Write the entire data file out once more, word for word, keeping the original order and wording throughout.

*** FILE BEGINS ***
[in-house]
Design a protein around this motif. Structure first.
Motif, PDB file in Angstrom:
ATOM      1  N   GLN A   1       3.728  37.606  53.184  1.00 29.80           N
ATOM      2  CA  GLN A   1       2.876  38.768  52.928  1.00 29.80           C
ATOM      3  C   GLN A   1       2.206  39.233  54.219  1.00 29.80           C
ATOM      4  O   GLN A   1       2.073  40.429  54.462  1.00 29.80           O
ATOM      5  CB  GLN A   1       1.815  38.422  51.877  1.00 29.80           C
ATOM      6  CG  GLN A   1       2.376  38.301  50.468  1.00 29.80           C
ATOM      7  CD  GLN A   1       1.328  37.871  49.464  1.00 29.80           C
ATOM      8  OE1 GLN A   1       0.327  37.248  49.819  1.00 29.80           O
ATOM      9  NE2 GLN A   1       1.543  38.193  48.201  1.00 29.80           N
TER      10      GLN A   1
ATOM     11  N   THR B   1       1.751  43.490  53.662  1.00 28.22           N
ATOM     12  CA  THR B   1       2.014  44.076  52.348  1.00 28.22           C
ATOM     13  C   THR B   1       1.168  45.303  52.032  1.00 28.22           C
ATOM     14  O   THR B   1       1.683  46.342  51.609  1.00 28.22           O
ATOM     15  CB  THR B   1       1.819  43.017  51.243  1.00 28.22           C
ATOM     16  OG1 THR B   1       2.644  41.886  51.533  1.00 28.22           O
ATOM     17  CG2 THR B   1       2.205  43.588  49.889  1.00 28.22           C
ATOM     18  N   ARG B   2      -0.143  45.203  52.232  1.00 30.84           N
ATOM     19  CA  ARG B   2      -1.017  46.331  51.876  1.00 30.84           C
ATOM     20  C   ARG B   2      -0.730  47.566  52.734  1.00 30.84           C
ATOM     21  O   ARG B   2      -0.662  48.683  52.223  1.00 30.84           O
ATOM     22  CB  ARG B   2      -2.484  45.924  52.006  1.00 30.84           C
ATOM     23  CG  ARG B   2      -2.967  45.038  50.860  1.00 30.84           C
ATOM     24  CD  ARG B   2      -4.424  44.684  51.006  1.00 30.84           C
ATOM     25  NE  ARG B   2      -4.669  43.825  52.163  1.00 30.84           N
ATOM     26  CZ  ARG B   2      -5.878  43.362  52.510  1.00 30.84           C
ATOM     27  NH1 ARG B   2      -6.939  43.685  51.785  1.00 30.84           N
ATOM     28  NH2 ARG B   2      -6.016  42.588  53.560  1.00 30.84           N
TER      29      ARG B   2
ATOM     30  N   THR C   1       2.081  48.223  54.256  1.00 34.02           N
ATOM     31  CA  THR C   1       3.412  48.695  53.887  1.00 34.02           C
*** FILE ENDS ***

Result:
[in-house]
Design a protein around this motif. Structure first.
Motif, PDB file in Angstrom:
ATOM      1  N   GLN A   1       3.728  37.606  53.184  1.00 29.80           N
ATOM      2  CA  GLN A   1       2.876  38.768  52.928  1.00 29.80           C
ATOM      3  C   GLN A   1       2.206  39.233  54.219  1.00 29.80           C
ATOM      4  O   GLN A   1       2.073  40.429  54.462  1.00 29.80           O
ATOM      5  CB  GLN A   1       1.815  38.422  51.877  1.00 29.80           C
ATOM      6  CG  GLN A   1       2.376  38.301  50.468  1.00 29.80           C
ATOM      7  CD  GLN A   1       1.328  37.871  49.464  1.00 29.80           C
ATOM      8  OE1 GLN A   1       0.327  37.248  49.819  1.00 29.80           O
ATOM      9  NE2 GLN A   1       1.543  38.193  48.201  1.00 29.80           N
TER      10      GLN A   1
ATOM     11  N   THR B   1       1.751  43.490  53.662  1.00 28.22           N
ATOM     12  CA  THR B   1       2.014  44.076  52.348  1.00 28.22           C
ATOM     13  C   THR B   1       1.168  45.303  52.032  1.00 28.22           C
ATOM     14  O   THR B   1       1.683  46.342  51.609  1.00 28.22           O
ATOM     15  CB  THR B   1       1.819  43.017  51.243  1.00 28.22           C
ATOM     16  OG1 THR B   1       2.644  41.886  51.533  1.00 28.22           O
ATOM     17  CG2 THR B   1       2.205  43.588  49.889  1.00 28.22           C
ATOM     18  N   ARG B   2      -0.143  45.203  52.232  1.00 30.84           N
ATOM     19  CA  ARG B   2      -1.017  46.331  51.876  1.00 30.84           C
ATOM     20  C   ARG B   2      -0.730  47.566  52.734  1.00 30.84           C
ATOM     21  O   ARG B   2      -0.662  48.683  52.223  1.00 30.84           O
ATOM     22  CB  ARG B   2      -2.484  45.924  52.006  1.00 30.84           C
ATOM     23  CG  ARG B   2      -2.967  45.038  50.860  1.00 30.84           C
ATOM     24  CD  ARG B   2      -4.424  44.684  51.006  1.00 30.84           C
ATOM     25  NE  ARG B   2      -4.669  43.825  52.163  1.00 30.84           N
ATOM     26  CZ  ARG B   2      -5.878  43.362  52.510  1.00 30.84           C
ATOM     27  NH1 ARG B   2      -6.939  43.685  51.785  1.00 30.84           N
ATOM     28  NH2 ARG B   2      -6.016  42.588  53.560  1.00 30.84           N
TER      29      ARG B   2
ATOM     30  N   THR C   1       2.081  48.223  54.256  1.00 34.02           N
ATOM     31  CA  THR C   1       3.412  48.695  53.887  1.00 34.02           C